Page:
Kindred spirits are not so scarce as I used to think.
It’s splendid to find out there are so many of them in the world.
– Lucy Maud Montgomery, Anne of Green Gables
My mom called us “Potato Irish”. When we were growing up, she explained that her side of the family emigrated to America during the Great Irish Potato Famine between 1845-52. At that time, a fungus attacked the potato crops in Ireland – the Irish depended on potatoes as a staple in their daily diets. The famine resulted in whole families dying from starvation and poverty. Wealthy landowners pushed families out of their homes and the suffering was pervasive and brutal. It is said that “over a million people died during the Great Irish Famine, and at least a million more emigrated” (Kirwin).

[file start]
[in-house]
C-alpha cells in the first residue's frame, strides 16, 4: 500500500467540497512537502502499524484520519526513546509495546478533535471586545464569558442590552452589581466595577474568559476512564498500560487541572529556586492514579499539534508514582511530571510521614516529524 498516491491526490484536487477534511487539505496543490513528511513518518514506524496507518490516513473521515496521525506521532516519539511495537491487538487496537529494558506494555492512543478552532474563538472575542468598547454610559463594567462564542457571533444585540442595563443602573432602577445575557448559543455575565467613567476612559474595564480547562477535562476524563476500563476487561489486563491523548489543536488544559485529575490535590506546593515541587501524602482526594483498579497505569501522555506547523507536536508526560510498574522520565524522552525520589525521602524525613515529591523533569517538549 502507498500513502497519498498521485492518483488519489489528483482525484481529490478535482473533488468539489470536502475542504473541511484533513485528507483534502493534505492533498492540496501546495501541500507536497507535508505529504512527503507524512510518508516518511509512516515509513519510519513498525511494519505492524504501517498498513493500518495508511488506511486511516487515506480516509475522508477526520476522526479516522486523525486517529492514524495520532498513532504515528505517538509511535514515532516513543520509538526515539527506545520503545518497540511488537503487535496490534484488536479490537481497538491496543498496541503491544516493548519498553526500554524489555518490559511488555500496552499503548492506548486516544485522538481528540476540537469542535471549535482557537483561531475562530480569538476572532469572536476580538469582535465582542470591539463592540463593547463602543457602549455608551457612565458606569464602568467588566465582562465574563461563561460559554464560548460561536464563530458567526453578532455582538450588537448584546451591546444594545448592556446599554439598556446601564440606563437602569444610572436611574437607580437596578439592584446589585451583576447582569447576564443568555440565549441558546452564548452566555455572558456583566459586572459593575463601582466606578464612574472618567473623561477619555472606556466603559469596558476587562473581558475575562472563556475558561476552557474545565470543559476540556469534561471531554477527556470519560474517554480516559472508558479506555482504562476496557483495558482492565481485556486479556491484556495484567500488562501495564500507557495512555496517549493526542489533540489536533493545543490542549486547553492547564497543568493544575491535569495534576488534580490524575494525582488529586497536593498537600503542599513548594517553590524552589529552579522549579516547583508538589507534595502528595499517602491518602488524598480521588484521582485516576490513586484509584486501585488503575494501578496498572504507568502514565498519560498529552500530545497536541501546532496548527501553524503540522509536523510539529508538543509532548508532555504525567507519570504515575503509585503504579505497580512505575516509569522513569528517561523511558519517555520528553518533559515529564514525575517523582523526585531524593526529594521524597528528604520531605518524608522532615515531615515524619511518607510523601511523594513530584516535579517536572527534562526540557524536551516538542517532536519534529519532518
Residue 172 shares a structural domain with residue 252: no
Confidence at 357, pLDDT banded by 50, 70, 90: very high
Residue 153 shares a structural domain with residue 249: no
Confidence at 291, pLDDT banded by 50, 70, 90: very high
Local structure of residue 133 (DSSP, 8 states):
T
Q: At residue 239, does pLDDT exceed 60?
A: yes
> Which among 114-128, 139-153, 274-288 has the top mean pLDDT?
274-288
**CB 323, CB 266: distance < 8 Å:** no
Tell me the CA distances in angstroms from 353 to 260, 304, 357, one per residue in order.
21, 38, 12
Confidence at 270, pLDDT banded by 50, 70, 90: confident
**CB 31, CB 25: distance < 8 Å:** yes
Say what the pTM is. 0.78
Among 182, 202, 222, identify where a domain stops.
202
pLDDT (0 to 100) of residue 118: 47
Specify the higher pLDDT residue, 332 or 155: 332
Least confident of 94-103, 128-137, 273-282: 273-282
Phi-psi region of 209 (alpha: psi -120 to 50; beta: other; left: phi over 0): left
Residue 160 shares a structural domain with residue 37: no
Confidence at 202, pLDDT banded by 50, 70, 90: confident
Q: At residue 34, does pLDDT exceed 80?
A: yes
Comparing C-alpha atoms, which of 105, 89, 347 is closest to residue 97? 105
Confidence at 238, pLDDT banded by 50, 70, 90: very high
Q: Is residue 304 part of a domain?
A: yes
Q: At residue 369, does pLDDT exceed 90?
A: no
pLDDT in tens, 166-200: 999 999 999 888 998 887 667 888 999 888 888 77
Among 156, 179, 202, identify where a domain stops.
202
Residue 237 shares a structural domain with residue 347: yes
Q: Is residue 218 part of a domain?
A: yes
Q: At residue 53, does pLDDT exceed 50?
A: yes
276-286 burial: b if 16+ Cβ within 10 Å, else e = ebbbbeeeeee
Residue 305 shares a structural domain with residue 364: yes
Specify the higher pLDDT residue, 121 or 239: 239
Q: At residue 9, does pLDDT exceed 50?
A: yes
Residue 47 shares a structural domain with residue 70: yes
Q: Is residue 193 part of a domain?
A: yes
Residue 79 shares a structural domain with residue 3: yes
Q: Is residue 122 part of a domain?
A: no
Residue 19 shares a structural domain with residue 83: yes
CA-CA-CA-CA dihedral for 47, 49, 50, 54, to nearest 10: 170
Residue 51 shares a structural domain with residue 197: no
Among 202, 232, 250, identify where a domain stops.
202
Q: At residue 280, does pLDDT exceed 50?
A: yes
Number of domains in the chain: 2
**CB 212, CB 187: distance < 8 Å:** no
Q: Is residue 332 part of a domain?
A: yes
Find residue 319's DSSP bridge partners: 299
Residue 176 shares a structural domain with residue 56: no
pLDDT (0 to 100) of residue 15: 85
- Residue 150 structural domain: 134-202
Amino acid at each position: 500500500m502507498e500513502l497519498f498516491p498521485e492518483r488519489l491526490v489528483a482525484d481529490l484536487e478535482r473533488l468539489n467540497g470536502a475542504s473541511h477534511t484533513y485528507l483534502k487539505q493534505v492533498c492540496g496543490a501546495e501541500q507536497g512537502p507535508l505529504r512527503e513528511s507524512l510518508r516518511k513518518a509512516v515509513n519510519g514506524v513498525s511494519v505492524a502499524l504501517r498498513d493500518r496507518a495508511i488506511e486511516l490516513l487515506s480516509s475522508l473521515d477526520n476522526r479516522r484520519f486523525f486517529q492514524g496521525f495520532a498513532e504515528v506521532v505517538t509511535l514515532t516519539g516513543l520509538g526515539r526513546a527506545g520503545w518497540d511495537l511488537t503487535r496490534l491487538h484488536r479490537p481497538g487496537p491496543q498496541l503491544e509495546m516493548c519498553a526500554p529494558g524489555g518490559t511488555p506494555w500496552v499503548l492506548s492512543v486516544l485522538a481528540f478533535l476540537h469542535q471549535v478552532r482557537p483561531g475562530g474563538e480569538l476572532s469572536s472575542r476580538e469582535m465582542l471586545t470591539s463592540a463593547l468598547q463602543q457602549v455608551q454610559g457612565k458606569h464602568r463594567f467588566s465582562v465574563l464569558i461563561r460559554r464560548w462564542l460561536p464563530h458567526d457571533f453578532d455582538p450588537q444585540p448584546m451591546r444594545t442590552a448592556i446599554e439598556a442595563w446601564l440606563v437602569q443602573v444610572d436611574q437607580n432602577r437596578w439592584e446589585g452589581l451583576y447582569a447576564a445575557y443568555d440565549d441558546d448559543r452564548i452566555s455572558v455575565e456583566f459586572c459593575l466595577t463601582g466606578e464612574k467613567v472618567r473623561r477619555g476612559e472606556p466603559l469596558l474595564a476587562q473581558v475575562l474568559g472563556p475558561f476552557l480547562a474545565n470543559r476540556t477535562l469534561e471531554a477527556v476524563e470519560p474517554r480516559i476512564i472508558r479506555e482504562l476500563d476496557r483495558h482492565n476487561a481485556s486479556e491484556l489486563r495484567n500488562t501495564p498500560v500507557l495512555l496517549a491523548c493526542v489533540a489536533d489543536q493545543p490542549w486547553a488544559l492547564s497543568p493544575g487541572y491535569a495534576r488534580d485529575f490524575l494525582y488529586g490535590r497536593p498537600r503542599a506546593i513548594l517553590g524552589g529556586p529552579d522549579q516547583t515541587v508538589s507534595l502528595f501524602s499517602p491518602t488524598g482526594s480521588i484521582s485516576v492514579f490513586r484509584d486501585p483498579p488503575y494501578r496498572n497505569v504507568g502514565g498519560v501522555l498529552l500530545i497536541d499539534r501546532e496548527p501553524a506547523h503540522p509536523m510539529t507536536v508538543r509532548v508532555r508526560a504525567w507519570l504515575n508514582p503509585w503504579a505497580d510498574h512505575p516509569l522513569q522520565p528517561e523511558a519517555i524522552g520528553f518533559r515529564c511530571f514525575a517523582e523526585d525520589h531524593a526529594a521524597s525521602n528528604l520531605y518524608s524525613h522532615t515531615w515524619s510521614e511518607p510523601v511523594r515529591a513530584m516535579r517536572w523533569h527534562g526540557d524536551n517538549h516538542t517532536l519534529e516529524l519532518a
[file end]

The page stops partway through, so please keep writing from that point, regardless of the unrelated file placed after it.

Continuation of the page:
Some, like my ancestors, were able to find a way to the United States. Others were forced to stay home in Ireland and attempt to survive the crushing devastation. American papers reported about the crisis in Ireland, which caught the attention of the Choctaw Indian Tribe in Oklahoma. Just 16 years earlier, the tribe faced a similar type of devastation being driven from their land during the Trail of Tears, the American government’s relocation of Native American tribes causing thousands of dead citizens in its wake. The Choctaw felt a kinship to the Irish and wanted to do something.